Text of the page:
Oscar-nominated writer, filmmaker and actress Julie Delpy, who is at the Zurich Film Festival to present her latest film “My Zoe” and participate in the Woman of Impact Symposium, shared her thoughts on the #MeToo movement, equal pay, her career highlights and the prospect of a “Before Midnight” sequel with Guy Lodge at the Variety Lounge presented by Credit Suisse.
Delpy said she was open to the idea of reprising her role as Celine in a sequel to the “Before” trilogy, directed by Richard Linklater and also starring Ethan Hawke, but joked that she wasn’t sure the “industry is ready to hear a 50-year-old woman expressing herself.” “I think it’s all cute before that… It’s a very tough business, and it’s fine because I’m tough as hell, but it’s a cruel business,” said Delpy.
“I think we’re done now with (the ‘Before’ trilogy) but we went back to it every nine years. It was an interesting study of a 20-year-old falling in love, a 30-year-old falling in love again and then at early 40’s how to sustain that love. It’s really about the relationship.”
Delpy also said she was paid a tenth of her co-star Hawke for the first movie (“Before Sunrise”), half for the second film (“Before Sunset”) and the same as Hawke for the third movie (“Before Midnight”).
Delpy said reaching equal pay and raising the financing for movies was still tougher for female talent and directors but less so for the younger generation. Delpy said she spoke to the French director Celine Sciamma (“Portrait of a Lady on Fire”) a few years ago and heard her say that she didn’t have as many difficulties getting her movie “Tomboy” financed. She said her own generation, however, was still in combat mode.
She also argued that film reviewers, most of whom are men, are significantly harsher when judging films directed by women than films made by men.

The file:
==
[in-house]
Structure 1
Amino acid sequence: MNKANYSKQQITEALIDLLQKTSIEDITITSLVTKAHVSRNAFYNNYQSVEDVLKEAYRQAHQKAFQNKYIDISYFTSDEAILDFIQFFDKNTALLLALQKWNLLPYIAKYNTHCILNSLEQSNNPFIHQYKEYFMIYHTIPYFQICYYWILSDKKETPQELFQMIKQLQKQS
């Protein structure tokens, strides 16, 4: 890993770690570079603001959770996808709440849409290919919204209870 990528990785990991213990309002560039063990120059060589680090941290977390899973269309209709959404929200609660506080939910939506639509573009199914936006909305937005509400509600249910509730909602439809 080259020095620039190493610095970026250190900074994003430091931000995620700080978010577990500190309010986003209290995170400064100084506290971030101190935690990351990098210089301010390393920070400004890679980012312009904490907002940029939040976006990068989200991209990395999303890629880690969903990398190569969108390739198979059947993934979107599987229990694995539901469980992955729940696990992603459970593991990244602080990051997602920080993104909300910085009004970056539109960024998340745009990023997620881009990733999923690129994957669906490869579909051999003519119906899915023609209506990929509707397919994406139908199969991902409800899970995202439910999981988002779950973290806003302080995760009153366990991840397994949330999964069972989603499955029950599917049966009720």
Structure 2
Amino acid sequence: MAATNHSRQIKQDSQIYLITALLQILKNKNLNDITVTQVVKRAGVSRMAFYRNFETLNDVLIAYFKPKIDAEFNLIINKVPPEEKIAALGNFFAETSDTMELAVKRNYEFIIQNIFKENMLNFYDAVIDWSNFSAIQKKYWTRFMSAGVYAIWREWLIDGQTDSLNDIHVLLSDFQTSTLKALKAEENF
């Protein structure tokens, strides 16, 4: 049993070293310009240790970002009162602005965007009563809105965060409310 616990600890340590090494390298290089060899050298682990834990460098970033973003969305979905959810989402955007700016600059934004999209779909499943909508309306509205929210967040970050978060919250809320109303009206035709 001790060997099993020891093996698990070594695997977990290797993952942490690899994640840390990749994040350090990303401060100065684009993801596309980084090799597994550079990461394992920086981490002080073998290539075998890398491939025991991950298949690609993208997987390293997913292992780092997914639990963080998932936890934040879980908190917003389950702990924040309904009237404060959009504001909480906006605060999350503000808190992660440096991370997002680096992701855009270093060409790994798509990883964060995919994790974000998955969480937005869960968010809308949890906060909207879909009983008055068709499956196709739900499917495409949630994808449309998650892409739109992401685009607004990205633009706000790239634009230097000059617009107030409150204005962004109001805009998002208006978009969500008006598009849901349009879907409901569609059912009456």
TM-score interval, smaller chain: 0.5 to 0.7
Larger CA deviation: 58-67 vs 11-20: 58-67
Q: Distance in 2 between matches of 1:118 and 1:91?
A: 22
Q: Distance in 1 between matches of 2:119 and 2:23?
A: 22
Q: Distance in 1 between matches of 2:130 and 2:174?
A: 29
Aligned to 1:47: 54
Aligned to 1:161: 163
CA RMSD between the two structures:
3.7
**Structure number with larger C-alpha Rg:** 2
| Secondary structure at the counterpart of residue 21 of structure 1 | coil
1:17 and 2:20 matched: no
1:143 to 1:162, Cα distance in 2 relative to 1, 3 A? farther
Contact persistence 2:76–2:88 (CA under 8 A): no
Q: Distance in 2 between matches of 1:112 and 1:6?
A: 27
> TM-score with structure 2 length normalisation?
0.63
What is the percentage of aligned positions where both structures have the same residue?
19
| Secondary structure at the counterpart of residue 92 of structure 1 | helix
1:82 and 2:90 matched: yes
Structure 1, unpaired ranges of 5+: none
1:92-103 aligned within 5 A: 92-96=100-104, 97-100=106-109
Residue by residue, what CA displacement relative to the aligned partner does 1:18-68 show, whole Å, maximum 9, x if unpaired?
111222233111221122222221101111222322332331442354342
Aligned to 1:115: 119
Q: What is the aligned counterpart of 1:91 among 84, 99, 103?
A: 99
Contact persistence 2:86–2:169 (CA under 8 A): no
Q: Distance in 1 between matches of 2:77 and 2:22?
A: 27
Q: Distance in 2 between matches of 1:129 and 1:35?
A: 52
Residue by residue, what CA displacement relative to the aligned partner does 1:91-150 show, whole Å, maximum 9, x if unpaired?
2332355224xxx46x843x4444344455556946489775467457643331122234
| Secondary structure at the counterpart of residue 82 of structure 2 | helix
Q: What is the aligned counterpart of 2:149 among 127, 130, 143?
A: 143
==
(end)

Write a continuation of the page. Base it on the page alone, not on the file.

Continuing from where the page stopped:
The harshness they face makes it harder for women directors to bounce back and make a second and third film. “It’s very fragile to be a woman filmmaker… Women should not be pushed by patriarchy.” Her advice for young female helmers is to “freeze (their) eggs” to be able to make their first film before becoming a mother because it’s so difficult to juggle both.
The outspoken feminist said she looked back at her time as a young actress and said although she loved acting, she found the process of auditioning for parts to be a “traumatic experience.” She nevertheless holds dear memories of her experiences working with Jean-Luc Godard on her very first film as an actress on “Detective,” as well as with Agnieszka Holland and Krzysztof Kieslowski.
She said she learned a tremendous amount from these experiences, especially with Godard. “When I met Godard I said to him, ‘you don’t need to cast me, I’m 14 years, but please can I come and visit your set so I see how you work?’ And he said, ‘No I’m going to cast you so you get paid a little bit and you can come on set any day you want.” So she spent all her time looking at the way he worked, which she said was so different from all other directors.
Her seventh directorial outing and one of the 55 films directed by women playing at Zurich, “My Zoe” blends an intimate family drama and science fiction. It’s a departure for Delpy, who is best known for directing comedies such as “Two Days in Paris” and “Two Days in New York.” But Delpy said her computer was full of scripts of all kinds of genres.